Nothing, Nobody, Never
N. D. Productions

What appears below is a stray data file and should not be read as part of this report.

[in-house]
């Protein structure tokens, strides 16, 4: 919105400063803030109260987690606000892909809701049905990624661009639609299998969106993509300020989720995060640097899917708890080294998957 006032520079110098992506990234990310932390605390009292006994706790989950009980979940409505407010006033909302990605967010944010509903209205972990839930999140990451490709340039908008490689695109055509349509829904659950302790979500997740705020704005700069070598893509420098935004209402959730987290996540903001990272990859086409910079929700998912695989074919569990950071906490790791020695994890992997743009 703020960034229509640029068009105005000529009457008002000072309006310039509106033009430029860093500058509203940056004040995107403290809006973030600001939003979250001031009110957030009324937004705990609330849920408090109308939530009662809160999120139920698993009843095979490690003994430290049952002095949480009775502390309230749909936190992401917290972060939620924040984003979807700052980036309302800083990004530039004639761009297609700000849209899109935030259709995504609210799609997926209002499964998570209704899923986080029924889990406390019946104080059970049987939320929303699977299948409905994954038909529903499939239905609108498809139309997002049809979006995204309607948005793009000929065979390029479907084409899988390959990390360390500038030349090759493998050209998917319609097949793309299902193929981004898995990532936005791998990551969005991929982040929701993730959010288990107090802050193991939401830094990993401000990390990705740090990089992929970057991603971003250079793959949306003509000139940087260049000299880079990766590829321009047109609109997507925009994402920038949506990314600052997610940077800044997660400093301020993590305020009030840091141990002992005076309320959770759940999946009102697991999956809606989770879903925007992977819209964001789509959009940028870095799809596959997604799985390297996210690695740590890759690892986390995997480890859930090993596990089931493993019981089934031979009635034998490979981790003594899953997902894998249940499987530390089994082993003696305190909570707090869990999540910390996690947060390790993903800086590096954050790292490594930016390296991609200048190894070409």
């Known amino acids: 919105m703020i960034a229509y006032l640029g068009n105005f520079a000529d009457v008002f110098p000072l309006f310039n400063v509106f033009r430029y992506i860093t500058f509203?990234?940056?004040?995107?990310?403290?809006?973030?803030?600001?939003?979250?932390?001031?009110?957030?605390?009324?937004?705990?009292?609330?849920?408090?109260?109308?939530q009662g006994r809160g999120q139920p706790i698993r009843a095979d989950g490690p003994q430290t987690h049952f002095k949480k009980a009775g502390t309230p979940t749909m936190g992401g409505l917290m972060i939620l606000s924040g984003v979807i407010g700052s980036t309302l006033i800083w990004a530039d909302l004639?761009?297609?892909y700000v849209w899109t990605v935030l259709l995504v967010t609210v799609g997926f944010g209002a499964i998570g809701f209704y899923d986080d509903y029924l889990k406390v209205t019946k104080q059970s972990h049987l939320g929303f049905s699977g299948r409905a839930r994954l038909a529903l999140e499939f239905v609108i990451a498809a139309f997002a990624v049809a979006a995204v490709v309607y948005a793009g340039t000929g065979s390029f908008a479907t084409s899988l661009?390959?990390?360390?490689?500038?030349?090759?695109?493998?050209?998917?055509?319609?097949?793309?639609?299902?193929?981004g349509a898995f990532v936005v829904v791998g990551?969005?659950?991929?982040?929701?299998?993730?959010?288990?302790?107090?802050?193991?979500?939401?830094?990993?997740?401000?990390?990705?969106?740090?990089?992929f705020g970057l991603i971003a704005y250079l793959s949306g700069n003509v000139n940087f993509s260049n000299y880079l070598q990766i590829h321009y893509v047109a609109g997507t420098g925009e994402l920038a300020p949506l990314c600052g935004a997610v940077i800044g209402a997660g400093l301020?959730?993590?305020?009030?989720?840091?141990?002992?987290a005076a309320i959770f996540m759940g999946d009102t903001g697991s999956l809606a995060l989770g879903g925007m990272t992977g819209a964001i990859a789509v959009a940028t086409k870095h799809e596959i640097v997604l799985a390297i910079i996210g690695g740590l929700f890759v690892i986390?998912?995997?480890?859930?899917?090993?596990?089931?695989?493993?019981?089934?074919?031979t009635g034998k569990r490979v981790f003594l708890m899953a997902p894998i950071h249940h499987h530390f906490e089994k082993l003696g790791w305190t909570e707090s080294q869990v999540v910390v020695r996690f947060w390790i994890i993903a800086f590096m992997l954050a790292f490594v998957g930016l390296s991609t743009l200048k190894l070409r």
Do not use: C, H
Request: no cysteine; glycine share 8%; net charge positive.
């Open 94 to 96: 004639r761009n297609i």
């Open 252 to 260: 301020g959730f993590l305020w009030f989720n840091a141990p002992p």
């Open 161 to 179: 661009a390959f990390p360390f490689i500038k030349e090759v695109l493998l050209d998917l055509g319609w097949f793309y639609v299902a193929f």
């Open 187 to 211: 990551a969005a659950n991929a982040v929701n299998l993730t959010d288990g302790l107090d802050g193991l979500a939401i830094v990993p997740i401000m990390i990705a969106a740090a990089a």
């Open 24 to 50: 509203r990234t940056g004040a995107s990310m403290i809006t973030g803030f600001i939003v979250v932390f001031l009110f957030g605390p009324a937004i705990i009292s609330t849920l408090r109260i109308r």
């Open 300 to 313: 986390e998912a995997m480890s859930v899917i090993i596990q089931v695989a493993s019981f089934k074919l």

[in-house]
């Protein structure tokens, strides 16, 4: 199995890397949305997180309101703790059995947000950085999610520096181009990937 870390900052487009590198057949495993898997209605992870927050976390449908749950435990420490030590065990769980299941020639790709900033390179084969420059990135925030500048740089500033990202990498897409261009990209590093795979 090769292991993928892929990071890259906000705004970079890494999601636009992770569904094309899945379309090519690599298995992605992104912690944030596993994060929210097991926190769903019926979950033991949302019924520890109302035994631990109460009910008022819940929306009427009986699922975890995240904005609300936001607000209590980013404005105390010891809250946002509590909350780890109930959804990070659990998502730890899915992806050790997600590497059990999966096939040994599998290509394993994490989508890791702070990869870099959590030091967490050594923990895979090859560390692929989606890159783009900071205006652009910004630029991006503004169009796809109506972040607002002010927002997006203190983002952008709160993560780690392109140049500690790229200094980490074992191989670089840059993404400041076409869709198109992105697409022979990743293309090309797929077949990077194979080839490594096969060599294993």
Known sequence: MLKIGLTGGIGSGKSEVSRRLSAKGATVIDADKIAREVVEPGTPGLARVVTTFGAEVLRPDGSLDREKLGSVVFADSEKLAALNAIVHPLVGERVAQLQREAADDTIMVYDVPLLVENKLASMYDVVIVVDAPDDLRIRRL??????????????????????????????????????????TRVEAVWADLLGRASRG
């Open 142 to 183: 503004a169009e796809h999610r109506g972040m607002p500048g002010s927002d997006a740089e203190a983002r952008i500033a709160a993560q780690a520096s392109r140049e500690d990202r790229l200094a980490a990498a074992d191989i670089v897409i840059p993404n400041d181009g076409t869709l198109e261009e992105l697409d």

A cold chill settles across the synth infused black metal of Russia's Alienation Cold on the 3-song album's opener, Grass In The Water. A wind of melancholy blows through the keyboard passages while fuzzy guitars and scraping vocals cut through and uphold the sorrowful mood. The song has a mid-tempo pacing and the synth is near constant, yet not overly symphonic. It has a similar effect as synth on Depeche Mode where it remains a natural instrument for both bands' compositions. The track then flattens out, dropping down to strictly electronic music. A black metal version of Norway's V:28 comes to mind at this point. A solitary piano delivers a thoughtful introduction to the slowly plodding initial section of the title-track. The drama slowly builds as the guitars become crunchier and the vocals more insistent. The song slowly becomes more amorphous as the form breaks down somewhat and the guitars drift in a synth-heavy abyss. More astral synth and forlorn guitar movements unite and die together on the album's funal composition, Autumn Dream. However there is a new angle explored on this track, the hyper-intense blasting passage that explodes like meteor streaking across a winter sky. The guitars and drums fly in a frenzy together but then drop into a somewhat bouncy, goth-ish passage. The speed rises once again and flows towards a dramatic death of life near the track's end. All the while the synth never lets an ounce of warmth intrude upon the icy notes of the song. The dramatic, singular electronic notes and emotional surges that close out the track are simplistic beauty. The one drawback to this album is that occasionally it is very evident they are using a drum machine. The music created by Alienation Cold is truly bleak and fills me with a sense of isolation. Every centimeter of their sophomore album is painted in pale blue light of distant, dying stars.